I was honored to be elected a Commissioner this summer to the 220th General Assembly of the Presbyterian Church (U.S.A.). I mentioned before how I felt like this gathering was important for us as a church, a space for us to be church together, despite our differing ways of reading and approaching scripture. Its a vital exercise that can be frustrating, exhausting, and if not appreciated for the opportunity of being the diverse body of Christ together, we can leave these gatherings weakened. I am convinced that one of the things which ails us as a church is a lack of appreciation for people of different theological perspectives in our midst.
Though, even as I write this, and see the lure of entrenchment-among-like-minded-spirits on both sides of the aisle (so to speak), I don’t think its equally pervasive. A big-tent is predominantly a progressive value, and honestly I see many more of my liberal/progressive friends appear to want to be in conversation with their conservative counterparts than there appear to be conversation partners for them. One reason we seem to be falling apart as a church is that conservative positions on issues such as ordination standards and marriage are fading away, and some conservatives appear no longer to abide in our big-tent when their perspective on these matters isn’t the proscribed one. (This is not by any means the only reason we’re falling apart: crumbling of institutions generally may be taking a far greater toll.)
But as we continue to struggle together with what Christ is doing in our midst and what word we ought to be speaking in the world, I would argue that we still need to be appreciative of honest voices on all sides, each wanting to speak the truth in love, each seeking to be faithful as each understands God’s call in his or her life. (Please note the adjective “honest” there: there are, unfortunately, too many voices which are anything but). Disagreement is not necessarily a sign of unfaithfulness. And close votes aren’t necessarily a bad thing either. They tend to signify that we as a church are still discerning something (and are likely to revisit the matter down the road, because we need more time to chew on it).
This is most certainly the case when it comes to the question of responding to the report of the Mission Responsibility Through Investment committee (MRTI), our primary vehicle for reviewing and ensuring the ethical investment of the financial resources of the denomination. MRTI had engaged in a several year process, on our behalf and at our direction, to discuss the business practices of five companies who were profiting from “non-peaceful” activities in Israel and/or in Palestine. Our stated ethical principles of investment preclude us from profiting from non-peaceful pursuits generally, and over successive General Assemblies our church has been concerned about how to speak to issues of peace in the middle east specifically. This is a heated and emotional landscape for everyone who is involved: for Jews and Israelis, who seek justly deserved safe and secure borders free from terror and violence; for Palestinians, who justly deserve safe and secure lives in their own land with opportunities for a realistically vibrant and peaceful future; for Christians, who have an interest in speaking truth to Power and in declaring God’s shalom for all who dwell there, the Israeli and the Palestinian alike.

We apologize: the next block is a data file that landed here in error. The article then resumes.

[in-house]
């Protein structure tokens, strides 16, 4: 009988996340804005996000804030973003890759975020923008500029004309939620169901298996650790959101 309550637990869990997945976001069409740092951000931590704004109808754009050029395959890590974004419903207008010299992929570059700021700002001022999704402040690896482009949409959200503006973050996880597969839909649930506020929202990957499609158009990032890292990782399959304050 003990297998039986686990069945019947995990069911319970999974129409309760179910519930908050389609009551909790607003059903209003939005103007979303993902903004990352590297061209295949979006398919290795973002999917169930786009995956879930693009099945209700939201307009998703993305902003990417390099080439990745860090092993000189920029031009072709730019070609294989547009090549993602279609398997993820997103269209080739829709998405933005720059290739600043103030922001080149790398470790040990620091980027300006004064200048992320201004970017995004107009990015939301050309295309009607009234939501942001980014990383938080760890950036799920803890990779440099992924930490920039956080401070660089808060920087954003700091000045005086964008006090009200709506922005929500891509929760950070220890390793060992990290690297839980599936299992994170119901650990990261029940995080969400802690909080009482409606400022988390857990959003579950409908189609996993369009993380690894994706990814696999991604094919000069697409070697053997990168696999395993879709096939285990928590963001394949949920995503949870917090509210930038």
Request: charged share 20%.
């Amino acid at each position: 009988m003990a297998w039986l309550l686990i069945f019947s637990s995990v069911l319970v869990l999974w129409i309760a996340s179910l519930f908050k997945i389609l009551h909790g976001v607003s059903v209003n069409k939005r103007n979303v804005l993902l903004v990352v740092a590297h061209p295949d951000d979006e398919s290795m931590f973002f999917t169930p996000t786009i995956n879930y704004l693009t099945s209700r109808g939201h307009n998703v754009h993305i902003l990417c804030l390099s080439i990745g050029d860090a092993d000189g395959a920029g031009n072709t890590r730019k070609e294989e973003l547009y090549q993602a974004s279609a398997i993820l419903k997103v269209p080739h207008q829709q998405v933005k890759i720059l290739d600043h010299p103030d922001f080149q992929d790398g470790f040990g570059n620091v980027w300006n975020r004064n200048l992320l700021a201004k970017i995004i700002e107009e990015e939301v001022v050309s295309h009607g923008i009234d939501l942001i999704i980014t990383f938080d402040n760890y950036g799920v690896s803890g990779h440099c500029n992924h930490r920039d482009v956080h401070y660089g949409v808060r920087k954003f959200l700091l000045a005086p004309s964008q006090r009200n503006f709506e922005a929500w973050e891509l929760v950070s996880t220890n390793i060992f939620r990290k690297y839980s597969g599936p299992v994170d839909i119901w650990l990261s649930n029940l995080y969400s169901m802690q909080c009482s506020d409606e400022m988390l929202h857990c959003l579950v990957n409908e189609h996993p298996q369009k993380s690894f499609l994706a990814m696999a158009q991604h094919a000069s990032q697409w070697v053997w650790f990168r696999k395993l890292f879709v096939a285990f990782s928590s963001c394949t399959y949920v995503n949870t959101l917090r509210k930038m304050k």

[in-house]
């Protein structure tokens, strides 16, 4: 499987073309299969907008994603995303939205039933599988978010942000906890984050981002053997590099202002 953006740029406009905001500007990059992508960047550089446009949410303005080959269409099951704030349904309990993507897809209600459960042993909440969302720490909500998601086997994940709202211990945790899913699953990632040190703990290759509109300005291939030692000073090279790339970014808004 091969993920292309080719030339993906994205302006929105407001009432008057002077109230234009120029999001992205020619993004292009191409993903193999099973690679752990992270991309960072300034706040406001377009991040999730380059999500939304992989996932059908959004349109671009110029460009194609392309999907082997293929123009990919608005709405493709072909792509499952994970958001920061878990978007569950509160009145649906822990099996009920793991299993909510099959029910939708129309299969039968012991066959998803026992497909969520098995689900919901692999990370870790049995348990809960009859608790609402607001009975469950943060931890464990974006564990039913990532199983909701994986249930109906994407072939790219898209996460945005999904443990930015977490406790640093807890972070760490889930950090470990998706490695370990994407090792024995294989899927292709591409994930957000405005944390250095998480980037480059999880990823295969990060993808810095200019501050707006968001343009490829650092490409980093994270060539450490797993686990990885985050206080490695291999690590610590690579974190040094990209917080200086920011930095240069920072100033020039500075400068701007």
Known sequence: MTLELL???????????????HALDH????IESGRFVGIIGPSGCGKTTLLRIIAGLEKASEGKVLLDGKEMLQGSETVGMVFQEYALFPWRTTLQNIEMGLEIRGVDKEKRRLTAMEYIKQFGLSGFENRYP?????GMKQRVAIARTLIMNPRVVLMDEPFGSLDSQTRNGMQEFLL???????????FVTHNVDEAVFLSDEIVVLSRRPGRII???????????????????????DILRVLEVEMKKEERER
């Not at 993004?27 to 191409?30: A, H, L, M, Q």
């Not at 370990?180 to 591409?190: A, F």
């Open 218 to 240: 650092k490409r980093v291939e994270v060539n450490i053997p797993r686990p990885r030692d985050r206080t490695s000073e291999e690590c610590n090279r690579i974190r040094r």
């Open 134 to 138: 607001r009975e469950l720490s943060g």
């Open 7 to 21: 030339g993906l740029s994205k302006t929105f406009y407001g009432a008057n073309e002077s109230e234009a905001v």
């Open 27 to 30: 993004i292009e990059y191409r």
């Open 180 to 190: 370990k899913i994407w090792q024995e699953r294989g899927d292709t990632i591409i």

MRTI, after successfully resolving concerns with two of the five companies, found that the other three (Caterpillar, Motorola Solutions, and HP) were no longer willing or interested in seeking a mutually agreeable solution. They each plan to engage in business practices which, MRTI believes, lead to profit from non-peaceful activities (in all three instances, it happens to be profit from the activities of the Israeli Defense Forces). MRTI followed their standard process in engaging these companies, and because MRTI determined further conversation was unlikely to lead to change, they recommended that the General Assembly add them to our do-not-invest list. In other words, that we divest from these companies because they do not fit our ethical standards.
Of great concern and sadness to me, the recommended action and context for this was badly twisted by dishonest voices on both sides–some who strongly favor the actions of Israel and its military, and some who strongly favor the cause of the palestinians in the conflict. Charges of anti-semitism were bandied about. Claims that the action supported the broader Boycott, Divest, and Sanction movement were propounded. None of which, factually, were true. But they added unnecessary stress and obfuscation to those of us assembled to consider and act on MRTI’s report. To be sure, there were many noble arguments from those who did not feel divestment was wise, but these unfortunately were obfuscated by the others in most circumstances.
You can read what the assembly decided to do in the PCUSA News story about that evening. To distill and oversimplify a complicated and nuanced evening of debate and its outcome, the General Assembly voted by the narrowest of margins (333-331) to reject the MRTI recommendation and to replace it with alternate language encouraging “positive” investment in the region. This language misses, in my judgment, the point that we already engage in positive investment there, that is, in hundreds of companies that engage in peaceful pursuits, both in Israel and in Palestine. And, more importantly, it carves out an exception to our ethical principles that I think has lasting, negative ramifications to our ability to speak a word of peace in the world.